Palberta’s seventh release, Bye Bye Berta, opens with “Why Didn’t I?,” a song built on sparse percussion and out-of-sync guitars that serve as a foundation over which the trio of Lily Konigsberg, Anina Ivry-Block, and Nina Ryser can harmonize. “Why didn’t I/ Say a thing like that?/ My Friend, didn’t I/ Say a thing like that?” It takes a full two minutes for the lyrics’ anxiety and insecurity to fully seep in and, as soon as they do, an irregular guitar scale moves in from the back of the recording, ending the song in a far different place from where it began. In that respect, the song acts as a perfect encapsulation of the album’s aesthetic: No track is too similar, but each is made up of distinct parts that build a complicated—but cohesive—whole.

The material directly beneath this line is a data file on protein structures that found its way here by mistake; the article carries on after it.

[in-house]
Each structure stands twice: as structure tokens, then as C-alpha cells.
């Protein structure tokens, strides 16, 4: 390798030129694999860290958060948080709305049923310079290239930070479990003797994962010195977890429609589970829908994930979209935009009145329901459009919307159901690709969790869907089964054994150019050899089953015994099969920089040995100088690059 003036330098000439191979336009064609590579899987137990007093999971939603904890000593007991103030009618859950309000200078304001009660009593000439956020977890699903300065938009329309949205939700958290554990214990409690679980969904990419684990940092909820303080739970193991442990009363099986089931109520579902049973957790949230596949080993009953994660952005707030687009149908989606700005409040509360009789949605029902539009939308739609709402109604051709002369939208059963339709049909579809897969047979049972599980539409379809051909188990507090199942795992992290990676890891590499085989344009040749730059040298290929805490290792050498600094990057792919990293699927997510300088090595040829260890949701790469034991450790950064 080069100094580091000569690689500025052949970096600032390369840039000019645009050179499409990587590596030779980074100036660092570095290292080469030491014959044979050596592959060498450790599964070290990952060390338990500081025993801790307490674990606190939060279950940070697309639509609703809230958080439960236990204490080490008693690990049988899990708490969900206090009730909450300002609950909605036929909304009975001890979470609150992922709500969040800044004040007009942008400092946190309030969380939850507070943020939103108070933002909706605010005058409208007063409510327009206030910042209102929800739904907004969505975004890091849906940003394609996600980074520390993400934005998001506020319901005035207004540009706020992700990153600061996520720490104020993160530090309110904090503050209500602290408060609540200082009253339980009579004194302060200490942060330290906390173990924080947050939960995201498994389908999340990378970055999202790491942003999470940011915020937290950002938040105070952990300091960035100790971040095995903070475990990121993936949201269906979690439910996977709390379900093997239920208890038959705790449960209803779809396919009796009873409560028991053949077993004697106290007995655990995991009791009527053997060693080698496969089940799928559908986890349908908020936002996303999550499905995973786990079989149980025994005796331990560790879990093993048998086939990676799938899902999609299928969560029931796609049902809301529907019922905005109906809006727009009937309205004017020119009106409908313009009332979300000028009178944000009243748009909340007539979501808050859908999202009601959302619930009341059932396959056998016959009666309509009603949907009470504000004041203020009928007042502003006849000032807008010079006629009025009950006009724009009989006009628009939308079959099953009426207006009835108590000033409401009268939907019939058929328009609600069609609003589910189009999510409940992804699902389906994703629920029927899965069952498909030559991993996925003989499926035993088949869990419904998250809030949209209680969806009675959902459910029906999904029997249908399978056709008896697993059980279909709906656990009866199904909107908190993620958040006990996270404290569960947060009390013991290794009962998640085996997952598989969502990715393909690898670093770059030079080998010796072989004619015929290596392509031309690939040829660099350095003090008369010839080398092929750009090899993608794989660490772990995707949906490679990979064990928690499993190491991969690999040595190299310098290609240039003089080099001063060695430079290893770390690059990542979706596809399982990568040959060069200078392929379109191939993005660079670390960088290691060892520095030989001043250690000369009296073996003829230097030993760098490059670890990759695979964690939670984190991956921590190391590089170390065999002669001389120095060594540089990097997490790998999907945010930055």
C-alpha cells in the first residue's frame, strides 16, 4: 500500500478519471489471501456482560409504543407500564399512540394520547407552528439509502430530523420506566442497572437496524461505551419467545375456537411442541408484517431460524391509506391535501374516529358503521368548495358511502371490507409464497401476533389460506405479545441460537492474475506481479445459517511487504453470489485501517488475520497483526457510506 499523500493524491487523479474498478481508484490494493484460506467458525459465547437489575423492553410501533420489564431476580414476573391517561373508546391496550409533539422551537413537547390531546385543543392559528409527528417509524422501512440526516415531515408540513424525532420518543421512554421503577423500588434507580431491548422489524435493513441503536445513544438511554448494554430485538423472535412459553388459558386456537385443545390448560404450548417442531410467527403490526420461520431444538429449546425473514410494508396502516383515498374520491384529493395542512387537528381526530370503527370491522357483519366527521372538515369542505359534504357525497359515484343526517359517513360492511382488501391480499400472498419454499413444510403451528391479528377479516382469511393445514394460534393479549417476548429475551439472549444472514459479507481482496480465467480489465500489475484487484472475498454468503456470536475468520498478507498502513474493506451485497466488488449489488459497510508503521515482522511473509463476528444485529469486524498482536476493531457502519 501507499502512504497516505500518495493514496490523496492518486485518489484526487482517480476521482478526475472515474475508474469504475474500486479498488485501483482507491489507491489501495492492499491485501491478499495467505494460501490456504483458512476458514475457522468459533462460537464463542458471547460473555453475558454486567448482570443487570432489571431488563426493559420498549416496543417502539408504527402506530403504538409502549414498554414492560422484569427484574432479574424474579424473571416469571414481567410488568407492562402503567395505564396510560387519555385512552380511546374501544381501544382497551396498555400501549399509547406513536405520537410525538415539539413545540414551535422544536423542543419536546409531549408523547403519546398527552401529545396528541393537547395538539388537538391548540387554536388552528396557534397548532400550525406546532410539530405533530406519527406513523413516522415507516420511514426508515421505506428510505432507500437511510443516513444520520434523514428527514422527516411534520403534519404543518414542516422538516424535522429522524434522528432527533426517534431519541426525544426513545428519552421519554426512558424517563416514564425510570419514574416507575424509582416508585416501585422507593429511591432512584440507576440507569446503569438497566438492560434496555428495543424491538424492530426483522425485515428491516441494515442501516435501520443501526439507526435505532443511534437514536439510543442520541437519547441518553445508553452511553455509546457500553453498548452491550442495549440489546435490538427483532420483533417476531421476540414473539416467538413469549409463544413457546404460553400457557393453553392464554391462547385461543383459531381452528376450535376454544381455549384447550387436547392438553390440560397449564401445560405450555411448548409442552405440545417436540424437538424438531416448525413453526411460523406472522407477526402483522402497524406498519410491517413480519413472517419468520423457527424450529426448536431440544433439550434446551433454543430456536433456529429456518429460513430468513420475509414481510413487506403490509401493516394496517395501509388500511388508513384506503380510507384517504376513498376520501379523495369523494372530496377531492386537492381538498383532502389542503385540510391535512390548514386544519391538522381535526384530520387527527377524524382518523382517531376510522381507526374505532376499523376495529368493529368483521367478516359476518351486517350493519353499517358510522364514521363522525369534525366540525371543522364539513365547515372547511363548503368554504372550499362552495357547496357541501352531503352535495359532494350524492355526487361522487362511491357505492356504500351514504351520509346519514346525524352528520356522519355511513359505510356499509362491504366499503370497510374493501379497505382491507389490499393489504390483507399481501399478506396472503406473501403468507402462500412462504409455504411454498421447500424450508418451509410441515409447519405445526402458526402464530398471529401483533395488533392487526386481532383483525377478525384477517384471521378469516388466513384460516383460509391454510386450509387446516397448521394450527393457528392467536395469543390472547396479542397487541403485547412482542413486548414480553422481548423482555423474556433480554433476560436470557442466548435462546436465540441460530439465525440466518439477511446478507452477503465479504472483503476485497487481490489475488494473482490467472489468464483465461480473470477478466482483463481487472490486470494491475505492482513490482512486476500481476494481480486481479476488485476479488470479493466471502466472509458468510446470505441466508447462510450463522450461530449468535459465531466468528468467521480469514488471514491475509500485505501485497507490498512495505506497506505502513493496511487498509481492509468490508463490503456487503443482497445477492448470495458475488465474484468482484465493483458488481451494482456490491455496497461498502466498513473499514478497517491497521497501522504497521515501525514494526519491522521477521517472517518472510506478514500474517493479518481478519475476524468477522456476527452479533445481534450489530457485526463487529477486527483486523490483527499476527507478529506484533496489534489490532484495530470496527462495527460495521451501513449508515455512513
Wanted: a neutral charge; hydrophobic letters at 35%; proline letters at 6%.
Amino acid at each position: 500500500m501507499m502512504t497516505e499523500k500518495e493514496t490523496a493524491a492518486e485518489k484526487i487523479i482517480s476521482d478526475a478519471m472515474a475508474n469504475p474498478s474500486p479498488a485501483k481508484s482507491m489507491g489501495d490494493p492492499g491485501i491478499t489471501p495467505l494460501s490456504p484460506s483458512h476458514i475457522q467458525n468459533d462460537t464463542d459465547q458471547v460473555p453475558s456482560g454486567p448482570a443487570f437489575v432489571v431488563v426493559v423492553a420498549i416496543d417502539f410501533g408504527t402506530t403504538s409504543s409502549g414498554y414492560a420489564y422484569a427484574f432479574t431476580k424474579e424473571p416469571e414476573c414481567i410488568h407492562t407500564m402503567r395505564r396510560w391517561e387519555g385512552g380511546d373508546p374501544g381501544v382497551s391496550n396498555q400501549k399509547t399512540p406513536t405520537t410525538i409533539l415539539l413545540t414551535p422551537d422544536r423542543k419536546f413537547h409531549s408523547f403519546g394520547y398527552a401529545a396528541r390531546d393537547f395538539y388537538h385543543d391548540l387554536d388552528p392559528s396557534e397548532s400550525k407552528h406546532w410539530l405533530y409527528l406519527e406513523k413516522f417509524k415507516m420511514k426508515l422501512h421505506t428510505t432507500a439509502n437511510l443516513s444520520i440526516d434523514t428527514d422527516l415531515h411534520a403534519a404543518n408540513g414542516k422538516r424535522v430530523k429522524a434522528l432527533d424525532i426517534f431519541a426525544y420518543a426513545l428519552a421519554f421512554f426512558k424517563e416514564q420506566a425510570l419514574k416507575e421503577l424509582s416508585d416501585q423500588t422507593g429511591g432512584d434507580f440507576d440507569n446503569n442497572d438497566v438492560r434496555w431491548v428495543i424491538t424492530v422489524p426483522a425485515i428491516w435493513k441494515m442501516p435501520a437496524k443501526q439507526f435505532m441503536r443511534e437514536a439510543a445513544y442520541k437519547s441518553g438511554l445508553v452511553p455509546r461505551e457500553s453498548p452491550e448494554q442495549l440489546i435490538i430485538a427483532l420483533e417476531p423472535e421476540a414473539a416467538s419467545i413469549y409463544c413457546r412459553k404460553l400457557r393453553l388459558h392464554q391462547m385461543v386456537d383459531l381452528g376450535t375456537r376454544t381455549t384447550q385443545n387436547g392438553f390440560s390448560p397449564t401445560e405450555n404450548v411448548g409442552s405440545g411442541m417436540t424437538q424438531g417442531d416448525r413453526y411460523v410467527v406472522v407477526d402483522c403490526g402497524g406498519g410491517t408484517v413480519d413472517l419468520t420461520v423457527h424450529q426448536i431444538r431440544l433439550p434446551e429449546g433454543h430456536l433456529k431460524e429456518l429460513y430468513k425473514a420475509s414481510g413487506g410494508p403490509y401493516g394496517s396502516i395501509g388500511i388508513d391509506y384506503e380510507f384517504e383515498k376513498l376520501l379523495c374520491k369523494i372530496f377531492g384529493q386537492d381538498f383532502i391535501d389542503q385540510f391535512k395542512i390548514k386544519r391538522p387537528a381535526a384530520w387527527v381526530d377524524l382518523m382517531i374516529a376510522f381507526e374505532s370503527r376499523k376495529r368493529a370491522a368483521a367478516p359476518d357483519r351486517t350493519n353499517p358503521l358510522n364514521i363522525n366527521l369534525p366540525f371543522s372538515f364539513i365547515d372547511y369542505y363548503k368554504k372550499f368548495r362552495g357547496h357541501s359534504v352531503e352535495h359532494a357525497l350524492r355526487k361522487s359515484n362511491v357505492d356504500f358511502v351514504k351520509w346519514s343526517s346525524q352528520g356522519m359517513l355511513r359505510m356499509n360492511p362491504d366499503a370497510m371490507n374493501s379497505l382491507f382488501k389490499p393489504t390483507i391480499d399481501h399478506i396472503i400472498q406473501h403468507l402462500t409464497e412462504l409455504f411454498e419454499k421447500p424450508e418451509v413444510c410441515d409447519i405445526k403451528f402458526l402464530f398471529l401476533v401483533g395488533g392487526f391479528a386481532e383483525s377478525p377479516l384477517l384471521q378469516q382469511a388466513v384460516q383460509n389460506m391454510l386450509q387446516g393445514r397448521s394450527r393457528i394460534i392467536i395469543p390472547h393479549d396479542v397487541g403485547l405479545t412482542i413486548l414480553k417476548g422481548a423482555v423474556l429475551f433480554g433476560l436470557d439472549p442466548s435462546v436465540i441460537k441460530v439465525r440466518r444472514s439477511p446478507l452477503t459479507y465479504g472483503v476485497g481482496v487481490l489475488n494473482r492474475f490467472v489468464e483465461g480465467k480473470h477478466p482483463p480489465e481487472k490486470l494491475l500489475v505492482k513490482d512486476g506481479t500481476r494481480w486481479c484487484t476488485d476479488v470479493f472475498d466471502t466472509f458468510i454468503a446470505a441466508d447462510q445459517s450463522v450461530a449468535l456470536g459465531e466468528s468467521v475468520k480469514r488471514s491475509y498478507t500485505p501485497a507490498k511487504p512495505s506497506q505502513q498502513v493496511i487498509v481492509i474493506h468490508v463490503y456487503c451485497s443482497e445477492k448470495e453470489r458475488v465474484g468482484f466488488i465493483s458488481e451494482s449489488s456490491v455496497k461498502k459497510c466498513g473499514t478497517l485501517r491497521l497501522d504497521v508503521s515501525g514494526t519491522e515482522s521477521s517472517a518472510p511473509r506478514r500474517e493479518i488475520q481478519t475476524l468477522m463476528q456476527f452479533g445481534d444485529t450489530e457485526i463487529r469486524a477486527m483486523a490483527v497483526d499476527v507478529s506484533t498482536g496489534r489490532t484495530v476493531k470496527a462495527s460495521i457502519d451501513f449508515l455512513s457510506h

Palberta met at Bard College and spent playing in and around Hudson Valley before ending up in Philadelphia. That transitory history colors the album; “Jaws” has an industrial quality that mimics the pace of a new city. “Bells,” the song that immediately follows, has a ringing, pastoral feel. New York City no-wave skronk is revitalized in the first half of “Trick Ya.” Bye Bye Berta is 20 tracks long, with most songs clocking in around a minute—in other words, it goes a lot of places but it doesn’t stay in any of them for too long.
Palberta are often compared to legendary acts like the Raincoats and Kleenex/LiLiPUT, but on Bye Bye Berta, Palberta seem more fascinated with movement and structure than either of those groups. Their sinister songwriting showcases individual musicianship while crafting something bigger and much more harmonious. At times, it’s a challenging listen, but it’s by forging new paths that cult heroes are made.